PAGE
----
Tension between these two approaches, or between those who emphasize the seemingly infinite variety of life and those who seek patterns and rules, is not new to biology (e.g. Feder 1987). Indeed, the existence of, and interplay between, these divergent views has recently been thoroughly explored by Lawton (1992, 1999) in the context of population dynamics and community ecology. Lawton (1992) pointed out that although some ecologists celebrate the complexity of population dynamic patterns (with each species, and perhaps population, being different – characterized as ‘10 million kinds of population dynamics’), this variability amounts to little more than variation around a few major themes. Moreover, while acknowledging the importance of small-scale, mechanistic approaches to understanding the diversity of life that is contingent on local variation, Lawton (1999) argued cogently that if communities are to be understood, studies must be undertaken at broader scales. Such large-scale approaches reduce the importance of the details, making it more straightforward to determine whether there are bold patterns in nature that can be explained by a relatively few underlying rules (Lawton 1999).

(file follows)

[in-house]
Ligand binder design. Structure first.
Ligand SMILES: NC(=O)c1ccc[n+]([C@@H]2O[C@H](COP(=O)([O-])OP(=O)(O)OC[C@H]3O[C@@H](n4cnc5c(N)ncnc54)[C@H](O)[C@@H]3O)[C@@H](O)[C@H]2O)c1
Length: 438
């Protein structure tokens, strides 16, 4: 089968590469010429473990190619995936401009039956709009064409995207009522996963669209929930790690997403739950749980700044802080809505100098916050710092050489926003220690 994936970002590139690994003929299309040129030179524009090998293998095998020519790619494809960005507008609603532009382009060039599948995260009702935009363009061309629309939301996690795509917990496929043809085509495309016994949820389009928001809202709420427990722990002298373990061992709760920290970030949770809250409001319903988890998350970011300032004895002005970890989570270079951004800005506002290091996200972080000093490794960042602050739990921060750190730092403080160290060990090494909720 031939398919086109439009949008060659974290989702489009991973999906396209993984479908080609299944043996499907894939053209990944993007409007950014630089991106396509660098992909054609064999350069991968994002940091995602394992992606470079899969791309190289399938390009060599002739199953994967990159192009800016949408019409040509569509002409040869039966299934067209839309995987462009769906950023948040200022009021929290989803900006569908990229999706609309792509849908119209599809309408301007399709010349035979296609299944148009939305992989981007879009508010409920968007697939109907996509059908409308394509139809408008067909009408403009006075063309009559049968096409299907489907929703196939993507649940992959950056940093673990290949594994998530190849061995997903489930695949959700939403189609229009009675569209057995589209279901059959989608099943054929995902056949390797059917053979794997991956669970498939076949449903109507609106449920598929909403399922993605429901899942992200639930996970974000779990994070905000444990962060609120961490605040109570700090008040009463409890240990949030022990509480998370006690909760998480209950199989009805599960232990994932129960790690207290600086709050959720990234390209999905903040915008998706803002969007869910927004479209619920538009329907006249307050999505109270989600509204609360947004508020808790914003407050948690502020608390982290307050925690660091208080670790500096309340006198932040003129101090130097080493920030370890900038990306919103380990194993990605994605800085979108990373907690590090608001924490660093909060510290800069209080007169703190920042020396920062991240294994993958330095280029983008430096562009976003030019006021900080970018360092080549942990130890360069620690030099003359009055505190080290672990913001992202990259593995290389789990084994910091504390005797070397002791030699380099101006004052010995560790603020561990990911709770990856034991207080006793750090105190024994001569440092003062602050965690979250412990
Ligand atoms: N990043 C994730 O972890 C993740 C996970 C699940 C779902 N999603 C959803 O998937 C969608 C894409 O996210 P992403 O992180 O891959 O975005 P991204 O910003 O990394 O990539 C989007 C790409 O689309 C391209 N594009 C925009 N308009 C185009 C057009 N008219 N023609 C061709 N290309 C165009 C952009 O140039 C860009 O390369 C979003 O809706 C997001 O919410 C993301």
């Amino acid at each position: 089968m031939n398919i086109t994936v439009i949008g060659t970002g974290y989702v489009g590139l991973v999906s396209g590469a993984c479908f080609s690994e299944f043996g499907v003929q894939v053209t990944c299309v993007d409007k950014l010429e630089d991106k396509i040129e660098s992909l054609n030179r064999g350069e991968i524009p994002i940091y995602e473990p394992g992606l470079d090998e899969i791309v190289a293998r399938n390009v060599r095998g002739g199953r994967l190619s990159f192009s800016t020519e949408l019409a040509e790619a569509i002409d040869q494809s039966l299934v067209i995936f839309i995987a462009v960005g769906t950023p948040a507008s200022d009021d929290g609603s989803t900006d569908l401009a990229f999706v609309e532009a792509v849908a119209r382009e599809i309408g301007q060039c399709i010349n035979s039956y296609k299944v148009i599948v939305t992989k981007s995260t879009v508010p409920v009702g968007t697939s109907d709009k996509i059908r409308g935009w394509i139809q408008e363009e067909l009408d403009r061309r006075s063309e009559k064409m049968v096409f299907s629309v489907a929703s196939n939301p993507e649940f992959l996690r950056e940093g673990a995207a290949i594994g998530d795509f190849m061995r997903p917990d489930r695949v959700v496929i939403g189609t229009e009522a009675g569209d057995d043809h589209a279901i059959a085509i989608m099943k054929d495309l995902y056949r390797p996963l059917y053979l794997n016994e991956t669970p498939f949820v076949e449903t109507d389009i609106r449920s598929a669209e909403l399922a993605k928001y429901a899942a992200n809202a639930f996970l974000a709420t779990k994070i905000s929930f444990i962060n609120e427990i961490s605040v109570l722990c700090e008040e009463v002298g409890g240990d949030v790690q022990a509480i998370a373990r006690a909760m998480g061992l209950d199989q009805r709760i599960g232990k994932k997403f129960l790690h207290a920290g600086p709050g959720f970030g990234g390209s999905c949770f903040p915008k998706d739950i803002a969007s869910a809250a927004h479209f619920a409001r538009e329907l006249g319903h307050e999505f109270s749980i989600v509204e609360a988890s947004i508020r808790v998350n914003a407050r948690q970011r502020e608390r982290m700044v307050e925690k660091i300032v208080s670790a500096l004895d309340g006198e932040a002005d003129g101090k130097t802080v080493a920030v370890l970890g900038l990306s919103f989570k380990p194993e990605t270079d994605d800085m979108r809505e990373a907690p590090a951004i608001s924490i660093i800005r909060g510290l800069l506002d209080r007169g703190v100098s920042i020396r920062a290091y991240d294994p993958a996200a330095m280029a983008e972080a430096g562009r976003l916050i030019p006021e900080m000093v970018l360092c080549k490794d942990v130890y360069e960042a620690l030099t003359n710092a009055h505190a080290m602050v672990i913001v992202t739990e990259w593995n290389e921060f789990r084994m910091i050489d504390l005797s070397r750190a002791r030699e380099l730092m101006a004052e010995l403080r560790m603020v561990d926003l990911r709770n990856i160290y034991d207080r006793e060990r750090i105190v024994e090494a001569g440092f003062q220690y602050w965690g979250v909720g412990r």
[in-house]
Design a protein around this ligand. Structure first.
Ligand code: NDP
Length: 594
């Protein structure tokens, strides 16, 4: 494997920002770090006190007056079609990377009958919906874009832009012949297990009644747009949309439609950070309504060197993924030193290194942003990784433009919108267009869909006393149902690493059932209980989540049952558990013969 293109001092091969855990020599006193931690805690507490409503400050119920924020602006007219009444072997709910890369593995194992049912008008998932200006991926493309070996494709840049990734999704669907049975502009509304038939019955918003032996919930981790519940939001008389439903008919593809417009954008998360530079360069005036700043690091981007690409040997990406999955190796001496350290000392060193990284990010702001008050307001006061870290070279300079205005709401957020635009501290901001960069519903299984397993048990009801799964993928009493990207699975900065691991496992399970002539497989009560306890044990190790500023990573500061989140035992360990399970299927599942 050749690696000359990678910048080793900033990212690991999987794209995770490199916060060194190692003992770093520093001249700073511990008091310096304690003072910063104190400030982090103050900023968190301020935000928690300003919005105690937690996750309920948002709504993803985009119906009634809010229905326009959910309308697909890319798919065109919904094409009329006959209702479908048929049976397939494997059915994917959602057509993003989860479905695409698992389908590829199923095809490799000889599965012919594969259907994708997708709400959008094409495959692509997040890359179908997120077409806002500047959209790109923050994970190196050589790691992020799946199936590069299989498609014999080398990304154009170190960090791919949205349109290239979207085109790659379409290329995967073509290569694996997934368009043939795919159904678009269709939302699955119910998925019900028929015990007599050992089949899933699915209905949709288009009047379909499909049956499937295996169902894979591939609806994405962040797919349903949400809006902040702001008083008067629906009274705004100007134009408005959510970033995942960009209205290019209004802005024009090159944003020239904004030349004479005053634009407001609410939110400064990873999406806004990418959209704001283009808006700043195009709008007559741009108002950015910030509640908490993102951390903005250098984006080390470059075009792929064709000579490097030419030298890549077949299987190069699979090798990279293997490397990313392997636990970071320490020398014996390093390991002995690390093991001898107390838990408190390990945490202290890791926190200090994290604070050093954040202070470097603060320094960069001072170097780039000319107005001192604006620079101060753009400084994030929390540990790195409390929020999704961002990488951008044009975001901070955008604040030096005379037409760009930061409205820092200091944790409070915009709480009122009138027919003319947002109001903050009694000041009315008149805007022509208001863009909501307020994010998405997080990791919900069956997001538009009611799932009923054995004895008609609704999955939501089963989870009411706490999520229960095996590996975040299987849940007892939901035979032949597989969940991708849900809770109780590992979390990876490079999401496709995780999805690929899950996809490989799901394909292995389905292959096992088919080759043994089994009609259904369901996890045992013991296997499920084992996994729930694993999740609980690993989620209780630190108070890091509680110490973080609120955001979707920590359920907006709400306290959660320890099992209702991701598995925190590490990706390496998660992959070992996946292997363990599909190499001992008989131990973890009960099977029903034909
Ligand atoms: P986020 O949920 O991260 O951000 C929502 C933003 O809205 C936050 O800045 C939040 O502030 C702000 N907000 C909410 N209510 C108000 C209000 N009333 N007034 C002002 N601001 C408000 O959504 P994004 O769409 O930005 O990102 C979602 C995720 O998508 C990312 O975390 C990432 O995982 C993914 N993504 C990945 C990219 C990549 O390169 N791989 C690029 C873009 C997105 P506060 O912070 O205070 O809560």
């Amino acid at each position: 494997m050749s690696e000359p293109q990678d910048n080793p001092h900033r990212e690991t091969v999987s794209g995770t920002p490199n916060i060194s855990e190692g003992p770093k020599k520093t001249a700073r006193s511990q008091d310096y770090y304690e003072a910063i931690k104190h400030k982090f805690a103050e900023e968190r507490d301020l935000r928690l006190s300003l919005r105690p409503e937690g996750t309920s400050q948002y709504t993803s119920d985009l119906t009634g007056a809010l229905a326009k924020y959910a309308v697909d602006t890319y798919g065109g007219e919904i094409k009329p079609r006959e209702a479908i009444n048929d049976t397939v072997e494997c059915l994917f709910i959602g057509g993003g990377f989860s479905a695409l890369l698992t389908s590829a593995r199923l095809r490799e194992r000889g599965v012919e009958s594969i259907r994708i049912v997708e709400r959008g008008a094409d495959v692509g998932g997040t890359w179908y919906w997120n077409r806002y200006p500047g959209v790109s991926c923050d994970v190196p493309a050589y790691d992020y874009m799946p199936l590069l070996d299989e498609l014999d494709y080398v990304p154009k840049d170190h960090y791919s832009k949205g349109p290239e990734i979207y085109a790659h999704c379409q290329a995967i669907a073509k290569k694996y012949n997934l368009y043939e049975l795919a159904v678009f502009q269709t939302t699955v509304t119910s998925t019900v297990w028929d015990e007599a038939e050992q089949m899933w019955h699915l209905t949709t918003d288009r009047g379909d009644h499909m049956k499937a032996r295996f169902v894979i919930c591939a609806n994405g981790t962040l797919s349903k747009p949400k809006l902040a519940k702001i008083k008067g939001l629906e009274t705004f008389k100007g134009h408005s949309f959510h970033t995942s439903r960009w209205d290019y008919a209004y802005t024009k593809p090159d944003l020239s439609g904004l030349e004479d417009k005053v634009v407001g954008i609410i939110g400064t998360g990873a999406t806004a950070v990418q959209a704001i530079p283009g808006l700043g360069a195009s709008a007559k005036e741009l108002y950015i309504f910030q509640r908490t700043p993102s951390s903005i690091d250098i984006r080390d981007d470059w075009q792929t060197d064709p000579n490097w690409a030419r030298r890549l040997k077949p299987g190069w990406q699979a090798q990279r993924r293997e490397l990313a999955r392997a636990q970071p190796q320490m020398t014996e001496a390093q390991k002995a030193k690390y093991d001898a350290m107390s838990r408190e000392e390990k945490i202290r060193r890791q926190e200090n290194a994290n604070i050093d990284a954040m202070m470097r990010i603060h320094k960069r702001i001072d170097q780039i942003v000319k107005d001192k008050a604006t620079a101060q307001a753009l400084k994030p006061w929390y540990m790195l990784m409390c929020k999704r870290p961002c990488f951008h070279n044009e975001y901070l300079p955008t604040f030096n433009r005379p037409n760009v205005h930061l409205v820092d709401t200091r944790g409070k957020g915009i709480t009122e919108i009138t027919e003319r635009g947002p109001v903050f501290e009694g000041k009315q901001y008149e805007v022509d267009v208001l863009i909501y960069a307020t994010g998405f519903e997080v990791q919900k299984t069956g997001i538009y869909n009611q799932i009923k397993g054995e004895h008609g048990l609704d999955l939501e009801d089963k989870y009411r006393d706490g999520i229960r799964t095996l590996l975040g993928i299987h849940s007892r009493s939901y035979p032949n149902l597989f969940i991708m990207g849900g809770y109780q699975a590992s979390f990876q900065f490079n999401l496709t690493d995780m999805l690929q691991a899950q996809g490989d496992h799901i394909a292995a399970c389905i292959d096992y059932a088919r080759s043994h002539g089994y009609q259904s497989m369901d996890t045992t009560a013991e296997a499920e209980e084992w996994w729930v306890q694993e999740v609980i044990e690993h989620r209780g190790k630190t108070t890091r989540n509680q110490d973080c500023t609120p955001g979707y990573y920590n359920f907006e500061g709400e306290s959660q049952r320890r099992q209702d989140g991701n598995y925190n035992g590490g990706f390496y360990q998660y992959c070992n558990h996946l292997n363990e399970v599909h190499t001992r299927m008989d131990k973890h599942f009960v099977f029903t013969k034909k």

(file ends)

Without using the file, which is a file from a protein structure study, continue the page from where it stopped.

It is our view that large-scale studies, of the kind advocated by Lawton (1999), are also critical for understanding physiological variation, its environmental determinants, and the implications thereof for understanding patterns in the distribution and abundance of animals (Spicer & Gaston 1999; Chown, Addo-Bediako & Gaston 2002). Only by adopting this approach is it possible to determine whether there are bold patterns in physiological variation, many of which ecologists presume must exist. For example, the climatic variability hypothesis, a primary explanation for the Rapoport effect (the increase in range size with latitude; Gaston, Blackburn & Spicer 1998) is based on the assumption that the range of species thermal tolerances increases with latitude. Only large-scale analyses can test this hypothesis (Addo-Bediako, Chown & Gaston 2000). Similarly, large-scale studies have revealed that differences in the species richness and range size patterns of the Southern and Northern Hemispheres (Blackburn & Gaston 1996) are also reflected in physiological variables (Lovegrove 2000; Addo-Bediako et al. 2002). This is probably a consequence of the very different abiotic conditions characterizing the hemispheres (Gaston & Chown 1999), which in turn have probably had profound influences on the diversity in each via the physiological and life-history responses of the organisms inhabiting them. Thus, large-scale comparative approaches (see also West, Woodruff & Brown 2002) have much to contribute to evolutionary physiology (Feder, Bennett & Huey 2000), and to the reversal of fortune of environmental physiology, a discipline that in the 1980s was in danger of becoming an anachronism (for further discussion see Feder 1987; Feder & Block 1991; Spicer & Gaston 1999). In consequence, we eschew narrow approaches of the kind adopted by Hodkinson (2003). Rather, we are of the view that a variety of approaches, ranging from mechanistic molecular studies (Storey 2002), through intraspecific comparisons (Gaston & Spicer 1998), to broad-scale comparative analyses, are essential for understanding the responses of organisms to the environment and the implications thereof for biodiversity as a whole.